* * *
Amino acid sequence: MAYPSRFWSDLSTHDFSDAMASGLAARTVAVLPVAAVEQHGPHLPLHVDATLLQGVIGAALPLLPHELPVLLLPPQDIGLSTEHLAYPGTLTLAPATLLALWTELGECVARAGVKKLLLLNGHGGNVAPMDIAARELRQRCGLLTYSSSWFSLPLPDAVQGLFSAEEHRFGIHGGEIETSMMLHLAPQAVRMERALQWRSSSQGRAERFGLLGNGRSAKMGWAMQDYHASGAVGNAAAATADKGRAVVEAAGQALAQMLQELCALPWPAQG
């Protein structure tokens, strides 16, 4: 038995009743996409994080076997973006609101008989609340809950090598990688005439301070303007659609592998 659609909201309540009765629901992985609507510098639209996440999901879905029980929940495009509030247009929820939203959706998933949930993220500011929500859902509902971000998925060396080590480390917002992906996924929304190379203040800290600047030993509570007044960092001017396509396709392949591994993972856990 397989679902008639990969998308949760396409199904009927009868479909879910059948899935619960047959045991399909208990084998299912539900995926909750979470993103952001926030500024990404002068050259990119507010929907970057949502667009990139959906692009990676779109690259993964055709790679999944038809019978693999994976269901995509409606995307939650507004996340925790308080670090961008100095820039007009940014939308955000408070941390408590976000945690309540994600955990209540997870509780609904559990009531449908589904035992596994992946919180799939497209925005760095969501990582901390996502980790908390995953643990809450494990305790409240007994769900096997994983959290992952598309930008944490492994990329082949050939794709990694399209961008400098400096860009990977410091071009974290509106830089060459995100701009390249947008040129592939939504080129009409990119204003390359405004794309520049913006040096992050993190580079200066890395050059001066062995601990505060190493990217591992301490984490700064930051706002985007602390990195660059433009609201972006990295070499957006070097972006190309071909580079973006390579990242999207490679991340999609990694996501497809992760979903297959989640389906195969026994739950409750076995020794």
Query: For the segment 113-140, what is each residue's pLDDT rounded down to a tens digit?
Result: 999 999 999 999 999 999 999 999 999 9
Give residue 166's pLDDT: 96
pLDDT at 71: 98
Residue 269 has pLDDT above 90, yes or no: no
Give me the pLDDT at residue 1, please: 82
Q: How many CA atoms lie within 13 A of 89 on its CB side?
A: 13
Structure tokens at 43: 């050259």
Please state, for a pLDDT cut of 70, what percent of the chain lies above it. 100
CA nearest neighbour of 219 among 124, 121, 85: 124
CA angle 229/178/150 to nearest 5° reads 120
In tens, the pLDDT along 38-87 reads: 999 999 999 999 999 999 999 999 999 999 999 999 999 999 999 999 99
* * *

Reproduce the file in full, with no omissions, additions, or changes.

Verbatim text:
Amino acid sequence: MAYPSRFWSDLSTHDFSDAMASGLAARTVAVLPVAAVEQHGPHLPLHVDATLLQGVIGAALPLLPHELPVLLLPPQDIGLSTEHLAYPGTLTLAPATLLALWTELGECVARAGVKKLLLLNGHGGNVAPMDIAARELRQRCGLLTYSSSWFSLPLPDAVQGLFSAEEHRFGIHGGEIETSMMLHLAPQAVRMERALQWRSSSQGRAERFGLLGNGRSAKMGWAMQDYHASGAVGNAAAATADKGRAVVEAAGQALAQMLQELCALPWPAQG
């Protein structure tokens, strides 16, 4: 038995009743996409994080076997973006609101008989609340809950090598990688005439301070303007659609592998 659609909201309540009765629901992985609507510098639209996440999901879905029980929940495009509030247009929820939203959706998933949930993220500011929500859902509902971000998925060396080590480390917002992906996924929304190379203040800290600047030993509570007044960092001017396509396709392949591994993972856990 397989679902008639990969998308949760396409199904009927009868479909879910059948899935619960047959045991399909208990084998299912539900995926909750979470993103952001926030500024990404002068050259990119507010929907970057949502667009990139959906692009990676779109690259993964055709790679999944038809019978693999994976269901995509409606995307939650507004996340925790308080670090961008100095820039007009940014939308955000408070941390408590976000945690309540994600955990209540997870509780609904559990009531449908589904035992596994992946919180799939497209925005760095969501990582901390996502980790908390995953643990809450494990305790409240007994769900096997994983959290992952598309930008944490492994990329082949050939794709990694399209961008400098400096860009990977410091071009974290509106830089060459995100701009390249947008040129592939939504080129009409990119204003390359405004794309520049913006040096992050993190580079200066890395050059001066062995601990505060190493990217591992301490984490700064930051706002985007602390990195660059433009609201972006990295070499957006070097972006190309071909580079973006390579990242999207490679991340999609990694996501497809992760979903297959989640389906195969026994739950409750076995020794």
Query: For the segment 113-140, what is each residue's pLDDT rounded down to a tens digit?
Result: 999 999 999 999 999 999 999 999 999 9
Give residue 166's pLDDT: 96
pLDDT at 71: 98
Residue 269 has pLDDT above 90, yes or no: no
Give me the pLDDT at residue 1, please: 82
Q: How many CA atoms lie within 13 A of 89 on its CB side?
A: 13
Structure tokens at 43: 């050259």
Please state, for a pLDDT cut of 70, what percent of the chain lies above it. 100
CA nearest neighbour of 219 among 124, 121, 85: 124
CA angle 229/178/150 to nearest 5° reads 120
In tens, the pLDDT along 38-87 reads: 999 999 999 999 999 999 999 999 999 999 999 999 999 999 999 999 99